I am a professional in this area and can state definitively that nothing coming out of Snowden’s releases is shocking to any international friend or foe of this country who simply reads the open sources of the international press, professional journals, and academic papers. So if you think he’s a traitor for informing the American citizen more popularly on what our own intel services are doing, I find that convolutedly jingoistic.

        In a democracy, why would the people not want to be informed at the same level that a professional such as myself might be? Personally, I have often asked myself the same question, since I find many issues in politics profoundly disturbing and needing public attention, but they aren’t “sound byte” issues, so no one will pressure their legislators.

        Snowden and his crew found a way to successfully raise an alarm on these issues in a way that retired NBA officers Binney et Al were not able to with essentially the same info in 2007.

        But the public, while moved to dialog and outrage is not moved to effective actoon. We are no longer an effective engine of democracy.

        • Stranger_In_A_Strange_Land

          Precisely.

          Bamford details Poindexter’s Total Information Awareness (TIA) strategy as the genesis of the NSA’s enlarging approach to encompass all the disparate data it can gather.

          Unfortunately, I’m not sure it is the public that is unmoved, but rather the presumably representative officials unmoved to actually explore their constituent’s majority stance and act upon that as expressly outlined in their ‘job description.’

  • header

    thank you for bringing this to light. I was completely incensed when I heard those remarks from Kerry. And there are some others who obviously misunderstand the Value of Snowden’s actions He revealed a truth to the rest of us, at great personal cost. He never “wanted” to flee to Russia. He gave up his life with a fiancee in Hawaii. Kerry, why don’t you grow a pair, and face the USA policies which would imprison you if you spoke out today.

    • gotham77

      Snowden is laughing at you.

  • rockhauler

    is it true that John Kerry is our chief diplomat? is tact a qualification for that job? i’m puzzled, because name calling, whether it’s directed at an assumed spy or at the president of another country, is hardly a worthy demeanor for such an elevated position. in fact, i believe our chief diplomat’s statements are more in tune with creating a market for some strange product, with sound bytes intended to stir up the populace into believing they have to buy the product. his bellicose talk is not in line with some of the secretaries of state we used to have and today are known for their philosphies, knowledge, and accomplishment. i wonder how history will define kerry’s approach.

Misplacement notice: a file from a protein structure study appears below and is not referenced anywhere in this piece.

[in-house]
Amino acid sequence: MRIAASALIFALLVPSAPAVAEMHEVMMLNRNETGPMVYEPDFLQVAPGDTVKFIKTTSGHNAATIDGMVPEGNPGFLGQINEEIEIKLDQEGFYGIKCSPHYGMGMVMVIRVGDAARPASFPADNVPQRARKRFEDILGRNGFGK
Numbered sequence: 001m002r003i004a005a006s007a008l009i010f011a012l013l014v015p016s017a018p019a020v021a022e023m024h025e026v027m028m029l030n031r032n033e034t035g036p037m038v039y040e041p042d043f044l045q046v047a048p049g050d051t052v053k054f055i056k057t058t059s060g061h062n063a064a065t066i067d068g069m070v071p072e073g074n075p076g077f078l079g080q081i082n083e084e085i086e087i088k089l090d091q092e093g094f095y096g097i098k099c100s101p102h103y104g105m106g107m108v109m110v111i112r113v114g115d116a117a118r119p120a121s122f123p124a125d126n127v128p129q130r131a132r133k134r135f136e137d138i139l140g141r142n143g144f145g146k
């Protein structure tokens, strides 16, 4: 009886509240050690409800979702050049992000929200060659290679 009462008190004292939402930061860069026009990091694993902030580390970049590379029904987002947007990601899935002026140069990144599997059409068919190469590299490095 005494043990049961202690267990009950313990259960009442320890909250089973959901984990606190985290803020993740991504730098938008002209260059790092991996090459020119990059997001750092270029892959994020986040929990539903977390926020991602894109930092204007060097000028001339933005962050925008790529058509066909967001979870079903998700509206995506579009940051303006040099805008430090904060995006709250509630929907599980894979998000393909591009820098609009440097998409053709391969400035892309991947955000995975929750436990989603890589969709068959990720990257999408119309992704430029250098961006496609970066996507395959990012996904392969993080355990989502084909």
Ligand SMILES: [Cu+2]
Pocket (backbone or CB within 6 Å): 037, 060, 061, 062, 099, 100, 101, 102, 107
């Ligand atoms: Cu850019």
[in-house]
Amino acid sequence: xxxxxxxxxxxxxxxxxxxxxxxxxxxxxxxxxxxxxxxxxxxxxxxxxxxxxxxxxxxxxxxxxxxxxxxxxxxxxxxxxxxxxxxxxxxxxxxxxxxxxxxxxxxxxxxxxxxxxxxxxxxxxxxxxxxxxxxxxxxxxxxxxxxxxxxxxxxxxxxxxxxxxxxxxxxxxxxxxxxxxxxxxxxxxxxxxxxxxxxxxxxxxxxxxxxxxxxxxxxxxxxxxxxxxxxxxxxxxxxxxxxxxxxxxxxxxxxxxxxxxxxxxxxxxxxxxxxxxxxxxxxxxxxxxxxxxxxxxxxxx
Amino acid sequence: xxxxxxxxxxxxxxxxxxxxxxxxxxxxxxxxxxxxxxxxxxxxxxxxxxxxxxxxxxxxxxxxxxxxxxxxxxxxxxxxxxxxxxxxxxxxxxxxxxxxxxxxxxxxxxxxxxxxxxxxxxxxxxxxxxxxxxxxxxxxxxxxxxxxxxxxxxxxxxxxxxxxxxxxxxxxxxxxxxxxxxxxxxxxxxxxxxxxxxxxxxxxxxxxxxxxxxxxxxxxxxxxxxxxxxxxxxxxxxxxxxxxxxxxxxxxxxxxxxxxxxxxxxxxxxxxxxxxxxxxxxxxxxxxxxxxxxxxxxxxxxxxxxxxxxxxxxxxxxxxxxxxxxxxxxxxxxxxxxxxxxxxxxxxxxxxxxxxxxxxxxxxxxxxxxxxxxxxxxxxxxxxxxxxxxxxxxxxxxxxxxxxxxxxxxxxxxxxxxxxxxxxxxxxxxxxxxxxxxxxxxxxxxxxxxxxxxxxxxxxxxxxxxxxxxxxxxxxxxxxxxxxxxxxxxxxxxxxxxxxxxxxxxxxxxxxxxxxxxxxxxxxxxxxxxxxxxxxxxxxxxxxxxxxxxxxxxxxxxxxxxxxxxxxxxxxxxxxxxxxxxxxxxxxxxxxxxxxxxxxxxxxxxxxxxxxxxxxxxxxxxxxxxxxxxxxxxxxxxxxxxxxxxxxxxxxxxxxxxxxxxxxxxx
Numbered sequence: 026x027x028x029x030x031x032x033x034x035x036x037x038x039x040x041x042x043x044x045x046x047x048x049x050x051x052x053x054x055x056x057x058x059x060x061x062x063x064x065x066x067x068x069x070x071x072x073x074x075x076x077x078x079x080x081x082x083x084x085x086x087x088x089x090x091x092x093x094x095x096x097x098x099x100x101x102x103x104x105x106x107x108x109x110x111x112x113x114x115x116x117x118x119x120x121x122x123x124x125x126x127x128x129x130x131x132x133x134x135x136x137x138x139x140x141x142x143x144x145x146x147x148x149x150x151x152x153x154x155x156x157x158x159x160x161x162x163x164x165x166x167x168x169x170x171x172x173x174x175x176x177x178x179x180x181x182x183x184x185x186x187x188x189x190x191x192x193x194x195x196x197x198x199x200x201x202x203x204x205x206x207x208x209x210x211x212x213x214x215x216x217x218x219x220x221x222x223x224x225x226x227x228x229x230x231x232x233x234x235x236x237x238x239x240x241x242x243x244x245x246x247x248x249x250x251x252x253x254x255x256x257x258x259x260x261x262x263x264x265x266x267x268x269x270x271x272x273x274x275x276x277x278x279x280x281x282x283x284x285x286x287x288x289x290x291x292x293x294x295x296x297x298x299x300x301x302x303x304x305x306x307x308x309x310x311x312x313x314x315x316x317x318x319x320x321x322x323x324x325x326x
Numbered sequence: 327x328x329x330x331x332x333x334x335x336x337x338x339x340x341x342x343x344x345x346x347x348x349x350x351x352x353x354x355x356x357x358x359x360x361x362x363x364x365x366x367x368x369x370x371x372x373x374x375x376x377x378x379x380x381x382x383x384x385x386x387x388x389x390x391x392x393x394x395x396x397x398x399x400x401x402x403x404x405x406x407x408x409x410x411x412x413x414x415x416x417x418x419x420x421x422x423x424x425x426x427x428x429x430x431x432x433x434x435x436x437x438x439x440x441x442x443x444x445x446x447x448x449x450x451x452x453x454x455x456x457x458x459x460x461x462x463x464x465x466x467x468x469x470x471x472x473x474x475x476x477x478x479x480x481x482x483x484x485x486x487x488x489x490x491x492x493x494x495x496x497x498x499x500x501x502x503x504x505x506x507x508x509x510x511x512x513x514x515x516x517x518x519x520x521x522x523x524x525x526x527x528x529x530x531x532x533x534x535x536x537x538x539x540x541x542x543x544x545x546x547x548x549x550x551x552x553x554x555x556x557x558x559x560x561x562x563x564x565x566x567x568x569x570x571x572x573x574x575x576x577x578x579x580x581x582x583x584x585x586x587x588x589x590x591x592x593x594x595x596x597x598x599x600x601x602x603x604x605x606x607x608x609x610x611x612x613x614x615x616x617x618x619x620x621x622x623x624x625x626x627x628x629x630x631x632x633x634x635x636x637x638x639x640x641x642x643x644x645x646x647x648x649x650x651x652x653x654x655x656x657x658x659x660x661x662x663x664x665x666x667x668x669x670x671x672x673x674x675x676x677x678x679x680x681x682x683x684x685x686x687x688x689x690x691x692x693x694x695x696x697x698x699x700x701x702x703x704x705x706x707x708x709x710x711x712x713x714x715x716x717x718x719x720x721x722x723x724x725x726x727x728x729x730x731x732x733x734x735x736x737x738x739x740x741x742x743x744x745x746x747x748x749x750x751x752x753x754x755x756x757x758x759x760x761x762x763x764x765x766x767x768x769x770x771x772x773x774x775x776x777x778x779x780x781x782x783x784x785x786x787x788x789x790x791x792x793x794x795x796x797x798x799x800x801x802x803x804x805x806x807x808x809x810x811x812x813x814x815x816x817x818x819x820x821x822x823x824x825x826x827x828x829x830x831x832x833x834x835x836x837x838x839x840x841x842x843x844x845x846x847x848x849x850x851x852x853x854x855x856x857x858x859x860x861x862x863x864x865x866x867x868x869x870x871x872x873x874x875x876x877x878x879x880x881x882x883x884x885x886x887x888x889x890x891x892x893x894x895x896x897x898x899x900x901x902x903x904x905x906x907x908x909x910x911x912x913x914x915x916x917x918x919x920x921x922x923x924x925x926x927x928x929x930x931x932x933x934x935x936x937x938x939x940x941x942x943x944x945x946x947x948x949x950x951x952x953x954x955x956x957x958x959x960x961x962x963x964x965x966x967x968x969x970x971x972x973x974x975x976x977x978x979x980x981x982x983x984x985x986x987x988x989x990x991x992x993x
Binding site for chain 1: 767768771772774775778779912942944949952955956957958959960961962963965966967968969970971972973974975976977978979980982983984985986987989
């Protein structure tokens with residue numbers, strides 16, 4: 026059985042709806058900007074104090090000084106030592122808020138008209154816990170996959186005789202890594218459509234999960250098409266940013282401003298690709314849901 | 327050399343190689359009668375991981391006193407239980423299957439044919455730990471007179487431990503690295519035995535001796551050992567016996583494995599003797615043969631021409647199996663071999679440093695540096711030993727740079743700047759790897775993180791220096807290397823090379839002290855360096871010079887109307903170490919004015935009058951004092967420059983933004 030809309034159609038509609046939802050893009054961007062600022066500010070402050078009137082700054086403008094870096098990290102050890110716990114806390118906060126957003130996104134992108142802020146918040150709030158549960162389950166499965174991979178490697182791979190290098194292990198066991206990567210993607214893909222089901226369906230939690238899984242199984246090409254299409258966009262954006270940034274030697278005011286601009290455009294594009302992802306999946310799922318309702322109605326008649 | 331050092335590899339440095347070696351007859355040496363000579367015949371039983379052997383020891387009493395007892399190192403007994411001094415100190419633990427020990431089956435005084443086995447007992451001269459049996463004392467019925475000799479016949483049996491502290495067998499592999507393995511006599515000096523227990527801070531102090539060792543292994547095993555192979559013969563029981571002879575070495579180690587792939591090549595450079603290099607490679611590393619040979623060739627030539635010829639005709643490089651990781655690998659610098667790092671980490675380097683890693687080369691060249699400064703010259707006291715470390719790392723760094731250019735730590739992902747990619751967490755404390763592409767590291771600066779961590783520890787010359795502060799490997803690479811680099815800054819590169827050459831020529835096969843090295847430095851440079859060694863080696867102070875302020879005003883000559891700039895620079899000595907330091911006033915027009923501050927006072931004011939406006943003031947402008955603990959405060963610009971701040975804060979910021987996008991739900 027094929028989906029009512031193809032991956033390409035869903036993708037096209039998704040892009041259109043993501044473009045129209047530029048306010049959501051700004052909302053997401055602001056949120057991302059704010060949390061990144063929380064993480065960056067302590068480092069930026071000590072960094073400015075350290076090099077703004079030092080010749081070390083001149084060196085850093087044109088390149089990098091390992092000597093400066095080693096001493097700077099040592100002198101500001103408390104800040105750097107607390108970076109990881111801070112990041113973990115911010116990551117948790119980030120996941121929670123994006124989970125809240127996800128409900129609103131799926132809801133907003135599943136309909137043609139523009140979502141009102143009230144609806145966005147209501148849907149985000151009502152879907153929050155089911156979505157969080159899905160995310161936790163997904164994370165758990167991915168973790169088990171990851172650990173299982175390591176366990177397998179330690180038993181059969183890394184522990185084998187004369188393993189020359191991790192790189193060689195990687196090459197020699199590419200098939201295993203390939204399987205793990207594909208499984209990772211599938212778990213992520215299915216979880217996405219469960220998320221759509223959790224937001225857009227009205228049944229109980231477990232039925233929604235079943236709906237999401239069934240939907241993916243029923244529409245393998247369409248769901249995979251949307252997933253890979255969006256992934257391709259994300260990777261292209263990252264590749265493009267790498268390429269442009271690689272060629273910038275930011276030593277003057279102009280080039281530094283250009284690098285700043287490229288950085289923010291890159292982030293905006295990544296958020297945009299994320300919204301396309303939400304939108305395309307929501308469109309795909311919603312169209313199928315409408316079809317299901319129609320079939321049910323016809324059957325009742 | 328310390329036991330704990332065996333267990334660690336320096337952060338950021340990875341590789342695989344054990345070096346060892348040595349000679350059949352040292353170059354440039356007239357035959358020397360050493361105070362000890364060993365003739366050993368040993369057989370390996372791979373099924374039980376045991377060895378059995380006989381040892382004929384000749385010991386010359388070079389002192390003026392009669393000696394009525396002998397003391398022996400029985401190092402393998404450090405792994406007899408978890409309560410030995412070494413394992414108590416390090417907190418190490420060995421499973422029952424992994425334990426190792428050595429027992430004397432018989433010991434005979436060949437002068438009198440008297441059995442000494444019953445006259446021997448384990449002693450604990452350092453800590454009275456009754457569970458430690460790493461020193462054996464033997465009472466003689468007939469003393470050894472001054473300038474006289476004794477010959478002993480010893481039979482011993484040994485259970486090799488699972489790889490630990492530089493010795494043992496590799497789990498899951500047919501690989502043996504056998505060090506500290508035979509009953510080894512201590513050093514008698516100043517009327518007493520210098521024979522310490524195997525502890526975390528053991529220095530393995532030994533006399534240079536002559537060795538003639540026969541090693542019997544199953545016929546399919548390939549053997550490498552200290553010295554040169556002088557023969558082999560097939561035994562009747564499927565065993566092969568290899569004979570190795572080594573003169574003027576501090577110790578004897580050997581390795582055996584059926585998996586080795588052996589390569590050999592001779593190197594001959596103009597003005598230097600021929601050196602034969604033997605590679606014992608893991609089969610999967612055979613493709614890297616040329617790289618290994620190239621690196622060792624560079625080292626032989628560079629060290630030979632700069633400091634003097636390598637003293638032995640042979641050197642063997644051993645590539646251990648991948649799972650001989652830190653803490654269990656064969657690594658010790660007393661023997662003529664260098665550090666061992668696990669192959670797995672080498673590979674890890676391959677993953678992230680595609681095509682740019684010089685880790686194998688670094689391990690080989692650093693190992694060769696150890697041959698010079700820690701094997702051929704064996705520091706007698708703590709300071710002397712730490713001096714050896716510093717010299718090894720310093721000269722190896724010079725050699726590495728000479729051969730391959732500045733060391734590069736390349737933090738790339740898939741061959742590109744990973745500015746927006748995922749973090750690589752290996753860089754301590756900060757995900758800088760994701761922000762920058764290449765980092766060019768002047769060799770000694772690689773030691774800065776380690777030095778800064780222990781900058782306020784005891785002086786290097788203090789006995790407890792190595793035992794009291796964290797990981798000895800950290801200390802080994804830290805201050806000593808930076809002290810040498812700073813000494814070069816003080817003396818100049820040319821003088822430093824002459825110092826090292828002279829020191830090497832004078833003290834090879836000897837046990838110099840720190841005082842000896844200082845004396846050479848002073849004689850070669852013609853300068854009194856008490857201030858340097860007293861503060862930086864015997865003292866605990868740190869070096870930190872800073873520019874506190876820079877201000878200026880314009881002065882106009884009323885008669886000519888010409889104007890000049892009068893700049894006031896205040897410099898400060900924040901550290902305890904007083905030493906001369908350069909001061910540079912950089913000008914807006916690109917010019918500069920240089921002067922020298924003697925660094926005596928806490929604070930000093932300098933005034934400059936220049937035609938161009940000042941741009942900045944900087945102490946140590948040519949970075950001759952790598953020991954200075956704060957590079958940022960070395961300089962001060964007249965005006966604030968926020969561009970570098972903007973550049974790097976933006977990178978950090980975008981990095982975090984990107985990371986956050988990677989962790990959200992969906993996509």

• gotham77

      The chief diplomat of the United States is always the President. The Secretary of State is only his delegate.

      • rockhauler

        thanks for that info. i stand corrected, if you’re correct. i just don’t recall kissinger, brzezinski, or albright being so tacky. I think they were all chief-diplomat-delegates.

  • Aaron

    I didn’t realize that he also supported the Iraq war. After about 10 years and trillions of dollars totally wasted there, I read that in May 799 people were killed in violence across that country in just one month. Isn’t it known now that it was lies that took us to war in that country?, and look at the mess there is now. I would consider it very hypocritical if he approves the Keystone pipeline also, as he’s a big climate change speech-giver. You know this whole thing is summed up like in the Cruise-Nicholson movie scene “I want the truth”..”You can’t handle the truth”. Are we supposed to be happy and proud when we’re treated like a mushroom, feed us bull, and keep us in the dark?
    p.s. I did vote for Kerry-Edwards in ’04, not sure how I feel about all that in retrospect.

  • Bowed Bookshelf

    After hearing Snowden interviewed, it occurred to me that Kerry could find himself walking back his initial reaction. As you pointed out, Snowden represents a lot of what Kerry claims he believes. I think Kerry should not say any more about Snowden being a “traitor” since even we the public can see some serious contractions in who or what is “traitorous.”

  • maraith

    There’s a huge difference between dissenting publicly about a policy (Vietnam war) and sharing national secrets with the world. The latter is betrayal, not dissent.

  • B. R. Fly

    Kerry never sold our secrets.
    That is the big difference between him and Snowden.
    The very fact that so many agree that Snowden did a good thing give lie to his claims that he would not be fairly heard in a jury trial in this country.
    Snowden is simply a coward.
    Kerry sat before Congress, and the entire country to say what he thought was the truth, and he was willing to face what that meant.
    Snowden is hiding from the consequences of his actions.

  • Yog Soggoth

    He is a tool. They have him on video having sex with an underage girl. Easy to do. It happened a long time ago. That would ruin his great life, and politics would render him to the trash pile, then forgotten except to remind the other puppets! Long time puppet = muppet .